The statistics indicate that New Jersey's defence is better at goal prevention, and that the main reason for many Vancouver defencemen having career defensive years was the goaltending. Based on past scoring history, the two teams' forwards are very similar in talent. New Jersey plays a more conservative, defensive style, which is why they scored fewer goals. The two teams are similar in makeup, style and talent. Overall, there is little talent difference between these two teams to tip the scales towards one goalie or the other. Perhaps one of the biggest differences concerning teammates was that Roberto Luongo had to adjust to a new team in a new conference with a revamped defence corps, while Brodeur played on the same team and system that he always has. Perhaps that explained some of Luongo's early season troubles; if he could play an entire season in his post-Christmas form, he would certainly be the best goaltender in the NHL.

Vezina Trophy: Strength of Opposition

Strength of opposition is a justification that has been used to credit both Luongo and Brodeur. Luongo backers claim that the Western Conference is superior, and that the Northwest Division is the best in the league. Brodeur fans argue that the Eastern Conference is more high scoring, with 14 of the top 20 goalscorers in the league, so it is therefore a tougher place for a goalie to play. Which side is right?

On this issue, the Luongo side is right. I have already dealt in detail with the differences between the Eastern and Western Conferences this year, and the higher scoring per game is a result of a more open game, rather than more talent. At the top end, the teams are just as good at scoring - 6 of the top 10 teams in the league in scoring are from the Western Conference.

That the Western Conference is stronger overall is very clear. The Western Conference teams had a winning record against Eastern Conference teams, and the Stanley Cup Finals were a mismatch in favour of the Western side. The New Jersey Devils were 2-6-2 against Western opponents, while the Canucks went 8-1-1 against the East.

Let's look at overall strength of opponent. I found these statistics on the forum, but even though the source may be biased I have verified that the numbers are correct.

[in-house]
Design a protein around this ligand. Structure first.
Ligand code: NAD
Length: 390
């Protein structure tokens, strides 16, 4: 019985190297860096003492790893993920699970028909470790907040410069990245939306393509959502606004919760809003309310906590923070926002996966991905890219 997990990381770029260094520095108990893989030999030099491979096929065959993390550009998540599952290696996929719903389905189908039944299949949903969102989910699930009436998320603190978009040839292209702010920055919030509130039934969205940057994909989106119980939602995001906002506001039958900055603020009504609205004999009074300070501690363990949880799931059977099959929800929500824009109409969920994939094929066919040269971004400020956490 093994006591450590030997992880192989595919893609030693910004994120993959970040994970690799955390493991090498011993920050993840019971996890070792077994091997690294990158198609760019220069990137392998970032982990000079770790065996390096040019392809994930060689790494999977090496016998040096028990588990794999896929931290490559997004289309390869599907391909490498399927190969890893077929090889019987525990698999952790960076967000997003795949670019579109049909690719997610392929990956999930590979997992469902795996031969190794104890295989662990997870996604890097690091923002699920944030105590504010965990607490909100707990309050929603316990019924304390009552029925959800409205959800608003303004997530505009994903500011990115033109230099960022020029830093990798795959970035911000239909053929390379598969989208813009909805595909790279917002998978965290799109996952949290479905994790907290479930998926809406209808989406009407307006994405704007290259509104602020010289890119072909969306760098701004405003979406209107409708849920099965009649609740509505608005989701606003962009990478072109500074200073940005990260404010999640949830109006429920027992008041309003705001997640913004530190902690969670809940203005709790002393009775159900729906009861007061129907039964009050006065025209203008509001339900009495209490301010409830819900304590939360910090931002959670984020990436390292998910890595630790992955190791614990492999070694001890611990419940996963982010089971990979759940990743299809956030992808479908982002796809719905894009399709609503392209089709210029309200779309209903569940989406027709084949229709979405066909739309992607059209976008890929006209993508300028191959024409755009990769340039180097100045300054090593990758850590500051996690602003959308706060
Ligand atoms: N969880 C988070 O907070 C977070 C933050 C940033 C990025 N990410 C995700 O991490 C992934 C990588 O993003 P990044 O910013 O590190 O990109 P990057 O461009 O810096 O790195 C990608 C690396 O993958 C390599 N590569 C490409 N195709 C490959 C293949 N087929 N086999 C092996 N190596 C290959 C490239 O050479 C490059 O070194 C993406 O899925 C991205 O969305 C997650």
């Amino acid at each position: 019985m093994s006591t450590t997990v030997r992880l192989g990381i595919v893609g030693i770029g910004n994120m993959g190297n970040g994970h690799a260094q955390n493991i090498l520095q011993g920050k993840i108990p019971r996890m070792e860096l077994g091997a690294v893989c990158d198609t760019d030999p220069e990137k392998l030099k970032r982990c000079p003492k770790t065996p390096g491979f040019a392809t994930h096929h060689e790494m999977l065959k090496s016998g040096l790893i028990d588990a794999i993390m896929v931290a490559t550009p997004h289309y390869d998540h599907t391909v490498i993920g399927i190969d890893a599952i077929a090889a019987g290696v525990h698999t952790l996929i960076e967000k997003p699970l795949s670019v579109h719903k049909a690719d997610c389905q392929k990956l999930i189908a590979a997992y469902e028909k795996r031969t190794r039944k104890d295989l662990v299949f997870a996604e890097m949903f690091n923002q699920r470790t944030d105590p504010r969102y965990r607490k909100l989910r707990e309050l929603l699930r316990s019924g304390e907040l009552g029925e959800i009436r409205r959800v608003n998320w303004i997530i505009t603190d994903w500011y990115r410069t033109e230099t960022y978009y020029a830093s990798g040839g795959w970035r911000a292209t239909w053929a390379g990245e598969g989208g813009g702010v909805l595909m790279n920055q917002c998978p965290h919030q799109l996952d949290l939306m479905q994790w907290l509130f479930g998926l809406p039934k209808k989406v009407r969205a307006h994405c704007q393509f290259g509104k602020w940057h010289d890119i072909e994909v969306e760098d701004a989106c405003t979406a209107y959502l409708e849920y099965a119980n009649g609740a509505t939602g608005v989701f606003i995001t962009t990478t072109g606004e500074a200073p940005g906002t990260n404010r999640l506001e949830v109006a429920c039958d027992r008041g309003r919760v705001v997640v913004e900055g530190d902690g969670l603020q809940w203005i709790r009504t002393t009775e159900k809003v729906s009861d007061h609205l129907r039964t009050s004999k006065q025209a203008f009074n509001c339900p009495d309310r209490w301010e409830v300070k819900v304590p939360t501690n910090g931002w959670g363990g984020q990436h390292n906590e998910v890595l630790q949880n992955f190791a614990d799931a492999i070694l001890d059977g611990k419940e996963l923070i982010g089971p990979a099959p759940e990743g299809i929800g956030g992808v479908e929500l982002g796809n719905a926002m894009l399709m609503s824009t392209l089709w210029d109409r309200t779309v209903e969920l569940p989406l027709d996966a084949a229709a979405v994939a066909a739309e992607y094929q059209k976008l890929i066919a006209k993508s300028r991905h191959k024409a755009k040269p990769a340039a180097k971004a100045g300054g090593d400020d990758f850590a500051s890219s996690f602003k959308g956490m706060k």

Avg point total, Northwest Div: 94.2
Avg point total, Atlantic Div: 90.8

Avg point total, West Conf playoff teams: 106.5
Avg point total, East Conf playoff teams: 100.8

Sabermetrician Jeff Sagarin from USA Today keeps a detailed ranking of all the divisions, based on game results. According to his calculations, the Northwest Division is the toughest in the NHL. The Atlantic ranks 5th out of the 6 divisions.

Another consideration is that the last time the New Jersey Devils traveled outside of the Eastern time zone was November 27 (Source: ESPN). The Devils never had to battle jet lag, and would have been as rested as their opponents. Playing in Vancouver is a very different story, where a tougher travel schedule makes it more difficult to play well. Better teams and tougher travel, therefore, made Luongo's opposition this year tougher than Brodeur's.

Monday, June 11, 2007

Vezina Trophy: Goal Games

Since shutouts are worthless to evaluate goalies (link), let's look at the frequency of all goal-games for Luongo and Brodeur.

Here are the breakdowns, taken from an HFBoards thread:

0 goals: Luongo 5, Brodeur 12
1 goal: Luongo 20, Brodeur 15
2 goals: Luongo 19, Brodeur 19
3 goals: Luongo 20, Brodeur 18
4 goals: Luongo 8, Brodeur 8
5 goals: Luongo 3, Brodeur 4
6+ goals: Luongo 1, Brodeur 2

These types of charts aren't seen too often, so we need to introduce some context and make sure we are making fair comparisons. I used a binomial calculator ( to calculate the expected number of shutouts, one-goal games, etc., for both goalies, as well as for an average goalie, based on save percentage and average number of shots faced.


0 goals: 8.0 expected, 3.7 average, 12 actual, +4.0
1 goal: 19.0 expected, 11.8 average, 15 actual, -4.0
2 goals: 21.7 expected, 18.3 average, 19 actual, -2.7
3 goals: 15.9 expected, 18.4 average, 18 actual, +2.1
4 goals: 8.4 expected, 13.3 average, 8 actual, -0.4
5 goals: 3.4 expected, 7.4 average, 4 actual, +0.6